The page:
1  
@Thilo, I agree. I just wanted to point out that an index is not always the super weapon that it is sometimes portrayed to be. –  René Nyffenegger Dec 21 '11 at 8:44
    
+1 Rene, indexes are not always a silver bullet. –  Ollie Dec 21 '11 at 11:36
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If you update many rows, indexes will not help you. They only improve acces to data.

What is slow for you is the UPDATE itself.

A. Is this table read/updated heavy by users?

If not, you can try to recreate the table with new data.

create table copy_table as
select case 
       when s.archived = 0 and s.crea_date_time < '07/27/2011 13:53:36' and s.id = 0
       then 1 else s.archived as archived,
       when s.archived = 0 and s.crea_date_time < '07/27/2011 13:53:36' and s.id = 0
       then sysdate else s.last_update_date as last_update_date,
       id,
       other_columns
from mesg;

rename mesg to mesg_old;
rename copy_table to mesg;

B. Another ideea/help is, if you have license, to partition your mesg table on crea_date_time (I assume it is date type). In this case, your update, will not scan entire table, but more important, probably you'll never need to mark as archive things. Old partitions - old data.

C. The index on CREA_DATE_TIME is slowing your update. If it is not absolutley necessary, drop it.

share|improve this answer
1  
Since an update involves access to data, an index might help boost performance in an update statement. So your assertion about the index not helping is wrong. Other than that: I fail to see how recreating the table with new data will help the OP. –  René Nyffenegger Dec 21 '11 at 8:26
3  
10 milion table cand be read entirely in 10 seconds - 3 minutes. What is hard in his case is the update (the write) –  Florin Ghita Dec 21 '11 at 8:29
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First do you really mean to run:

update mesg  
set archived = 1     
, last_update = SYSDATE  
where id = 0  and crea_date_time < '07/27/2011 13:53:36'  
and archived <>1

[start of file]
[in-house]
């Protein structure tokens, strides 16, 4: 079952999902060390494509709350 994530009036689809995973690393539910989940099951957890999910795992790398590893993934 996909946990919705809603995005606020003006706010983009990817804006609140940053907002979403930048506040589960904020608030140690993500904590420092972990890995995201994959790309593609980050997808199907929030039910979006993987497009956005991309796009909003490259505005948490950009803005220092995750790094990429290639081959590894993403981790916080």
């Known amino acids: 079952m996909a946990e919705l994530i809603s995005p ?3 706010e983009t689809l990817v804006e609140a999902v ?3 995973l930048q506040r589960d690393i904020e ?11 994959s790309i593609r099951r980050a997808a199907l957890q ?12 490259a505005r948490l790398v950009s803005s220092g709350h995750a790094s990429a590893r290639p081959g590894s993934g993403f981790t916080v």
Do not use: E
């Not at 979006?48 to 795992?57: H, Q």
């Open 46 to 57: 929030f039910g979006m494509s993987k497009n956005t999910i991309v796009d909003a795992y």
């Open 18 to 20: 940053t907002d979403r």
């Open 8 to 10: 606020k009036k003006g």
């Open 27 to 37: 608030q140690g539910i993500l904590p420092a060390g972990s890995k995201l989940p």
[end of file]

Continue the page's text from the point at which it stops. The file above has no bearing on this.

( is <> the right code for ORacle? Or does is use !=? or maybe where archived is null or where archived = 0 depanding on how you store the data)

Right now you are changing the last_update date and the archived field for all the records already archived. So you could be updating millions of records that are already archived. So rather than update the 120,000 records that need to be archived since teh last time you did it you are updating 35,000,000 records most of which are already archived. Can make a big difference in performance to only update records that need to be updated.

Next I don't know about Oracle, but sometimes it is faster to run a large update/insert/delete in batches in SQl Server. So have you tried looping through 1000 (or 50000 you may have to test to see what works) at a time? This can reduce a lot of contention on the table and make things work faster.

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Indexes are not the problem. It's the updating.

I think you'll have to dive into wait analysis, dictionary table v$session_waits. If you have enterprise manager database control you can use the performance tools to see what is causing the delay. My guess is that is has something to do with IO performance of the redo logs OR as others mentioned a locking issue.

To start with:

select
 seq#, event, p1, p2, p3
from
 v$session_wait_history
where
sid = <yoursid>
order by seq#
;   

Google on oracle wait analysis, you'll find lot's of material.

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Three hours is too long, even for the amount of data.

You can try to modify query to avoid type casting, apply to_data function to your date string (convert this '07/27/2011 13:53:36' to date)

But the problem should be locks, you can check for locks with Killing an oracle session to remove a lock script.

Also, you can split your big query in small updates, some thinkl like:

for each year:
   begin transaction
   update statement where year(date) = @year and other conditions
   end transaction
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You should go for table partitioning and index partitioning. Performance will increase

share|improve this answer
    
already partitioned :) –  Ehab Al-Hakawati Jan 20 at 11:31